The blurb of French author Marie Darrieussecq’s All the Way promises that it ‘offers an extraordinary insight into the language and obsessions of adolescence’. It goes on to say that the author ‘offers fearless observations on sex, desire, adolescence and the moment when childhood drops away’. Darrieussecq is the author of various books, including Pig Tales, which was published in thirty four countries. This volume, which was first published in France in 2011, has been translated by Penny Hueston.
All the Way introduces us to a teenage girl named Solange, who is at once ‘intrigued, amazed and annoyed by the transformation of her body’, and longs to be just like everyone else around her, all of whom profess that they have already ‘done it’. To go with this general theme, the novel has been split into three parts – ‘Getting It’, ‘Doing It’, and ‘Doing It Again’.
Solange lives in the town of Clèves – ‘where we don’t have the sea but we have a pretty lake’ with her parents. When her mother is not working in a shop, she is ‘always in bed’, and her pilot father frankly embarrasses her. Indeed, she believes that one of the reasons as to why she is targeted at school is because of ‘her father’s extroversion’, which seems to solely consist of his becoming naked in rather a shady incident. A strong sense of foreboding is present throughout; nothing is quite as it should be, particularly with regard to the way in which Solange spends so much time with the family’s next-door neighbour, Monsieur Bihotz.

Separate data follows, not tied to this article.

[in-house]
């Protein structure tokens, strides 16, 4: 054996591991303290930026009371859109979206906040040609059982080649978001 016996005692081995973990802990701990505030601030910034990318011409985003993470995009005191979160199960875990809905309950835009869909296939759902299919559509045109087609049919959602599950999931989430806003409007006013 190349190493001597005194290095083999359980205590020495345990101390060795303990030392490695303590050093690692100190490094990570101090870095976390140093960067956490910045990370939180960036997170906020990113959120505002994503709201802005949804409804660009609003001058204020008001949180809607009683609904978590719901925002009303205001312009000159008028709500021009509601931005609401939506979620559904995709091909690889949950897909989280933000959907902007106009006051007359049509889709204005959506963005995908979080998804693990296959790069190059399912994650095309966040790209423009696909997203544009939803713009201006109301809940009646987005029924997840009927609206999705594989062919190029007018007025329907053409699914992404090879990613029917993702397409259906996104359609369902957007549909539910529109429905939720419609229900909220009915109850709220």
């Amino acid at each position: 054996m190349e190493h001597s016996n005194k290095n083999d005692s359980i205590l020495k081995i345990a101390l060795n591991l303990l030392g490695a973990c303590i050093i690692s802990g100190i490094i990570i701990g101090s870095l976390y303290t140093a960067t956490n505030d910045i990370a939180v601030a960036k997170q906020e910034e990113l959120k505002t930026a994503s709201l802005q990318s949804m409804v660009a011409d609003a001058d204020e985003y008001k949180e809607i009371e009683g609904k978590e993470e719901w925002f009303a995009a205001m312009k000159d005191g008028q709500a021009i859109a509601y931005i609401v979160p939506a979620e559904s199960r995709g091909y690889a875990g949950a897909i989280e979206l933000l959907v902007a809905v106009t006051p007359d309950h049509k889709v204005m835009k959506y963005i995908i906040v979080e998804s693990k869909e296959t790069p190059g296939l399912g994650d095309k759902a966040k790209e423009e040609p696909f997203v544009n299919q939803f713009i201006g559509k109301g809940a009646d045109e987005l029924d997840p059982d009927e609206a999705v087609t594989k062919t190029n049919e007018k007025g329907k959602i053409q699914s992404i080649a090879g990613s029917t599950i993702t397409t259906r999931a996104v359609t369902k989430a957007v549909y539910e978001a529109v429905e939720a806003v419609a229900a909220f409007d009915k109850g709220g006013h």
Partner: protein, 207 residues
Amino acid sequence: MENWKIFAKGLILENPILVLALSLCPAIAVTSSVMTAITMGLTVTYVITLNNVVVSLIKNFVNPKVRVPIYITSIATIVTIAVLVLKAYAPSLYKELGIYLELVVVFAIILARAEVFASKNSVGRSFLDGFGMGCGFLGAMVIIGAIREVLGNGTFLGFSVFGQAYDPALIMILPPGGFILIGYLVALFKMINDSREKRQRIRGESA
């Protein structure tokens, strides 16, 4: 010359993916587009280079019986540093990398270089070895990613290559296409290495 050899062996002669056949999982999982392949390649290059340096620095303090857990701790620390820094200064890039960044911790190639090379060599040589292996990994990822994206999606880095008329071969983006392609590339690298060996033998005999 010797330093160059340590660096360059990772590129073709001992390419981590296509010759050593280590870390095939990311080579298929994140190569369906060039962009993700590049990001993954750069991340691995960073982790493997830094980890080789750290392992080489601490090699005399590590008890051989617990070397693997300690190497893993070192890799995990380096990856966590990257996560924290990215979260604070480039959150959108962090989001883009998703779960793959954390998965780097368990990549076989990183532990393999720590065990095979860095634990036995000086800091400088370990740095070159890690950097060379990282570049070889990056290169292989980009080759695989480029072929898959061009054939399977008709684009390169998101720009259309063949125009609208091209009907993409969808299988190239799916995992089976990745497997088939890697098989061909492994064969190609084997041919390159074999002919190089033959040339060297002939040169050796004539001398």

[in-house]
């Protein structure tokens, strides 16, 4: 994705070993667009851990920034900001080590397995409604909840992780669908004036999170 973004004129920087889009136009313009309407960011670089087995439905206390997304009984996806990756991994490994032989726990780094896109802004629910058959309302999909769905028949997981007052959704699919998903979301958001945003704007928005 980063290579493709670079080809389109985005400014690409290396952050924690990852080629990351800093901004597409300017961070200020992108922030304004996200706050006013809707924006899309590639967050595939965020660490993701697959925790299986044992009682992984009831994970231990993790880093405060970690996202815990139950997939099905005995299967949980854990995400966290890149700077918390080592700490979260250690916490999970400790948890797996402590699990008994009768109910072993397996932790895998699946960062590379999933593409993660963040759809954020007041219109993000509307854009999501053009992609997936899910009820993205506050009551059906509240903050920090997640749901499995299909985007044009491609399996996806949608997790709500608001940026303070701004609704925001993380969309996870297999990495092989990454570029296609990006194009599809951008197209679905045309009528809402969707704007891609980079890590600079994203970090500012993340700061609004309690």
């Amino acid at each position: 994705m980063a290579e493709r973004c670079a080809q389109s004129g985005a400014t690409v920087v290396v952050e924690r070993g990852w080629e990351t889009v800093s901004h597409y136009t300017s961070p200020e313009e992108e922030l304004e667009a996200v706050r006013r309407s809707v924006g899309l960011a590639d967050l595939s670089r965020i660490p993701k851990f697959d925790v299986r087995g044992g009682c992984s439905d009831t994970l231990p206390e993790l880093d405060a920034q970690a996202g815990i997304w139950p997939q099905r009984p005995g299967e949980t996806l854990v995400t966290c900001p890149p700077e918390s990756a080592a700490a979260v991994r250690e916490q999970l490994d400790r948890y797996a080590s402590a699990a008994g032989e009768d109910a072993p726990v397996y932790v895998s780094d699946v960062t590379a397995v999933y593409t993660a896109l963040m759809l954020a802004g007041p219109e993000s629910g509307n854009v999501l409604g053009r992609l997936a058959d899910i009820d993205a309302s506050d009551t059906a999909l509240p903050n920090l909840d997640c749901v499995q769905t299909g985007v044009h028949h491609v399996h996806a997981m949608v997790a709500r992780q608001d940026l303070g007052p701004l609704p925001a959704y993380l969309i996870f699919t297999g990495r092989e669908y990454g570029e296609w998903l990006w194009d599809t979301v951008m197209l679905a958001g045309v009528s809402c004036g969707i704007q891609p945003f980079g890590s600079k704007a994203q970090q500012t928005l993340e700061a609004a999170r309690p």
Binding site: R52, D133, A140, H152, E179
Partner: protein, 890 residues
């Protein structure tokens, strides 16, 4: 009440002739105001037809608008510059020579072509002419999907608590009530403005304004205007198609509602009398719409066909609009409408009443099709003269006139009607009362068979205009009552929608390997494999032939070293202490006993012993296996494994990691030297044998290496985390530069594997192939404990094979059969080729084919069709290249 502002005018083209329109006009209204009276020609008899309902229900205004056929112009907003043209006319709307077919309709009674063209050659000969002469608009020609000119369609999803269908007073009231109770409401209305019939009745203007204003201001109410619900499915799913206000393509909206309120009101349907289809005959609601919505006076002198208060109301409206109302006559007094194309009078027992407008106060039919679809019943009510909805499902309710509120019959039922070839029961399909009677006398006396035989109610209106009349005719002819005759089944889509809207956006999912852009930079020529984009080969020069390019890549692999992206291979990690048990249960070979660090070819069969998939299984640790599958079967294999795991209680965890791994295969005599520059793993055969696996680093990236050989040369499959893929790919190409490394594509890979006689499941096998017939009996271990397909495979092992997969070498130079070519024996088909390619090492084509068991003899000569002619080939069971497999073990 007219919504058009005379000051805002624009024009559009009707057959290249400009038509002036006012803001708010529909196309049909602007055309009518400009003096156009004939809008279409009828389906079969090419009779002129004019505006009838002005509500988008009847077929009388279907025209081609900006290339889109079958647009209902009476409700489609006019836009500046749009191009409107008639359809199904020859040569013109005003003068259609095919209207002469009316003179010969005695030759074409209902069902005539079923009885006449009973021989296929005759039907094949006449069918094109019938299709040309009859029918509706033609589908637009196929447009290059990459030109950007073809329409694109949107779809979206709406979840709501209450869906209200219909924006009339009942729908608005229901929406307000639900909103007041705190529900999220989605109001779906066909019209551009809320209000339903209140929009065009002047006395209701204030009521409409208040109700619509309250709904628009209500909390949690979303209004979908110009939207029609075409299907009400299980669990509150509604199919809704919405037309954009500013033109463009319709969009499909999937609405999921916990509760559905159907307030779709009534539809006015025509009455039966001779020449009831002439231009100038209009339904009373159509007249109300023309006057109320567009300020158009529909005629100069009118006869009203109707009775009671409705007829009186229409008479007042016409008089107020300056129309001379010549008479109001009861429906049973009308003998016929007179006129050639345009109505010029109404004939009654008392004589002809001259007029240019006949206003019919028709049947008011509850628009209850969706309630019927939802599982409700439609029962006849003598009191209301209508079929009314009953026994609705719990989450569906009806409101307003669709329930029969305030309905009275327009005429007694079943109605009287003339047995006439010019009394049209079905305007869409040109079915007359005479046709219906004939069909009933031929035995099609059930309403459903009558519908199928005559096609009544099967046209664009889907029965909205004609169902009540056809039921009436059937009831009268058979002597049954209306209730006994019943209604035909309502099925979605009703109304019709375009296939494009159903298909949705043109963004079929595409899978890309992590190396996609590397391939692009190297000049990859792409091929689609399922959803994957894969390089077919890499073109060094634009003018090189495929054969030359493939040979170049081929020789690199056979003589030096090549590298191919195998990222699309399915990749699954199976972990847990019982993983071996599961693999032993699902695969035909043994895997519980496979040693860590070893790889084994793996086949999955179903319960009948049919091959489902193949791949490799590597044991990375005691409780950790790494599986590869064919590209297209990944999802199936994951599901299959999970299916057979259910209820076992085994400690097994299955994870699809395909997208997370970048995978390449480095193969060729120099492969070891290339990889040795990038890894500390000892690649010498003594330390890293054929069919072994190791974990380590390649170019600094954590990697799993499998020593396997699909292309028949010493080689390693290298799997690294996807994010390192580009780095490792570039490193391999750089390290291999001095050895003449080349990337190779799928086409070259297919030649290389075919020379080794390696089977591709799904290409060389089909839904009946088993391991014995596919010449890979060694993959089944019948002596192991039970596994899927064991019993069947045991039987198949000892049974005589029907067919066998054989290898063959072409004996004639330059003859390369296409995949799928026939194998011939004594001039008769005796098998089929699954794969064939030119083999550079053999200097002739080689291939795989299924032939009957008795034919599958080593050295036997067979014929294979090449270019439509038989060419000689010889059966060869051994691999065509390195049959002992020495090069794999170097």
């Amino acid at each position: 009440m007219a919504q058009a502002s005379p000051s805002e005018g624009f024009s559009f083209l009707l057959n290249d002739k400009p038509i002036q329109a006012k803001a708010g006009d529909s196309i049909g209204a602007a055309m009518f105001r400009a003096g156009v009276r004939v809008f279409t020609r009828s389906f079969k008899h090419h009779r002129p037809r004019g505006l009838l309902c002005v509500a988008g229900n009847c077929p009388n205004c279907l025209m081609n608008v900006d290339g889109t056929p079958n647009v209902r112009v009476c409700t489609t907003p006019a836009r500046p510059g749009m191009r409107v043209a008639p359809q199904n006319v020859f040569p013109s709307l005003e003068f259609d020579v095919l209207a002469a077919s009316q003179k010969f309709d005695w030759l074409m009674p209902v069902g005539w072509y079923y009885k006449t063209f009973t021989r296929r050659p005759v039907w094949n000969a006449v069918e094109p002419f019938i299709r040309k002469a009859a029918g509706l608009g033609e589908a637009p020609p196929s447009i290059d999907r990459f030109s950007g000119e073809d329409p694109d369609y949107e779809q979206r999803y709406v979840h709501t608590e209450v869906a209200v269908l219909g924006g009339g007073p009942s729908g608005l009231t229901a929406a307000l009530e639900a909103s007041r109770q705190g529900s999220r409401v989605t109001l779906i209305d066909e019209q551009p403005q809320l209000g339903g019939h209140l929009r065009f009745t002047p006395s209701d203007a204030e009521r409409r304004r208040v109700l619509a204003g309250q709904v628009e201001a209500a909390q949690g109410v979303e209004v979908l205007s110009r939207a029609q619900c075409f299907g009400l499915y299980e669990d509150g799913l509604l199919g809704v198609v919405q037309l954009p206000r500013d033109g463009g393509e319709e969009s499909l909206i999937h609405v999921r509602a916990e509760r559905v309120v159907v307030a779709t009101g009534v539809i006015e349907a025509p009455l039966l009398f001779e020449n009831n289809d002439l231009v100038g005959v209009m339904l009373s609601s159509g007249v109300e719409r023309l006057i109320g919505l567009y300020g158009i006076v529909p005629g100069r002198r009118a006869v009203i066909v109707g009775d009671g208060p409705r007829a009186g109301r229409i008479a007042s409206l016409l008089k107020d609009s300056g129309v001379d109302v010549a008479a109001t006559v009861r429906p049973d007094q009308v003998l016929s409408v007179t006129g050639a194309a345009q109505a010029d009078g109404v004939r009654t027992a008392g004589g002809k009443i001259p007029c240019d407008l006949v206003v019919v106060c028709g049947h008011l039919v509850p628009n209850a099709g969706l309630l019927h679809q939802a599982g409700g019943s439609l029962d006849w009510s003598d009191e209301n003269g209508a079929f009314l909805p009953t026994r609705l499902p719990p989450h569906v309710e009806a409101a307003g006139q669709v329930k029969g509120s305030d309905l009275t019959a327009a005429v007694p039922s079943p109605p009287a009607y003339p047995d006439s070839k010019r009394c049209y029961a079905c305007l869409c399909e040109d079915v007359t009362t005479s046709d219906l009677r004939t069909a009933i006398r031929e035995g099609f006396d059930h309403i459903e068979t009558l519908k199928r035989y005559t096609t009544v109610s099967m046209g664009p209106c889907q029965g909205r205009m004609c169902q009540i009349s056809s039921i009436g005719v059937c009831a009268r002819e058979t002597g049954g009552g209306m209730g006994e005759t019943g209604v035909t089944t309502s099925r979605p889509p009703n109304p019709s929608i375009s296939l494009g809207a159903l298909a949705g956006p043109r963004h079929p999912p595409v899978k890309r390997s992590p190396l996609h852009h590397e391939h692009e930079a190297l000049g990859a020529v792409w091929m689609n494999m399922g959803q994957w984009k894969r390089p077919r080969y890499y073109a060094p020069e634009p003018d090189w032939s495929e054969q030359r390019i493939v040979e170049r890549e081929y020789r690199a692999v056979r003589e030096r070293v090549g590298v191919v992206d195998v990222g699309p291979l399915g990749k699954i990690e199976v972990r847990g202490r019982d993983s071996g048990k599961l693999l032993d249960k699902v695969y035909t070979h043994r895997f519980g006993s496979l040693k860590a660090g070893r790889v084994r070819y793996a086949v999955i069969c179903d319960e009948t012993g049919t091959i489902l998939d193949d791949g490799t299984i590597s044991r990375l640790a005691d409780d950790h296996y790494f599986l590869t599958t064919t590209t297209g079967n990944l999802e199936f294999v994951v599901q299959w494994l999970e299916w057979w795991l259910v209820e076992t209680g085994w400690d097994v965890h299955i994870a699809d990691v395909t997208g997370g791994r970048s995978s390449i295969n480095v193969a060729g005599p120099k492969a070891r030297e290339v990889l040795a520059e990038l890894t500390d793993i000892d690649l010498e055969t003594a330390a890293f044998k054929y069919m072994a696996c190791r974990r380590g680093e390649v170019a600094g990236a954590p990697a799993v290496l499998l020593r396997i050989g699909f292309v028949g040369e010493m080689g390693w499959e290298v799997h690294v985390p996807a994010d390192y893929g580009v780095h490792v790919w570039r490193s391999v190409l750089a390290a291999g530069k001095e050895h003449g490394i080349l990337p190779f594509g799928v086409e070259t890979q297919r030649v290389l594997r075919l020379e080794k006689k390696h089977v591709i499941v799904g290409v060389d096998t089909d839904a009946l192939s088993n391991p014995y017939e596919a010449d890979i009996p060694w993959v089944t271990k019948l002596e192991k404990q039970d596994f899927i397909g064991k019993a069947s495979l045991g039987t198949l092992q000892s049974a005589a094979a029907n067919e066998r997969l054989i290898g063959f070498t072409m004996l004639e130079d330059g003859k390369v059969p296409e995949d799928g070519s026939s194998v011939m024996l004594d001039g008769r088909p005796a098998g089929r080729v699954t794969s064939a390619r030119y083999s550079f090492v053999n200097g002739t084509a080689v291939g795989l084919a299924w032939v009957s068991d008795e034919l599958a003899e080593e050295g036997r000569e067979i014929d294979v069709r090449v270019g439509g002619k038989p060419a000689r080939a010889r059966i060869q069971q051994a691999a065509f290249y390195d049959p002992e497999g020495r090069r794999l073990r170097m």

Whilst we learn a lot about Solange, she still feels quite distant as a protagonist, and her obsession about sexual practices and the way in which she succumbs to peer pressure feels rather overdone. Her parents, and the other characters who come into the novel here and there, feel rather flat too. It is as though more importance has been placed onto the arc of events in the plot, rather than those imagined beings who cause such things to happen.
The novel’s structure is relatively contemporary. There are no chapters as such; instead, small, separate segments of writing, many of which are entirely separate from those which come before and after, make up each part. Some of these are odd little fragments of memory; some occur in the past, and some in the present. The story is told in a mixture of first and third person perspectives, which alters from one section to the next, and does take a while to get into.
All the Way is well written, and whilst Darrieussecq’s descriptions are nice, the whole does tend to be rather too blunt in places. Solange’s naivety is portrayed well – for example, the times in which she looks up words which she does not understand in the dictionary – but it is lost all too quickly and abruptly. Whilst the novel provides an interesting window into adolescence, it does sadly feel a little too predictable at times.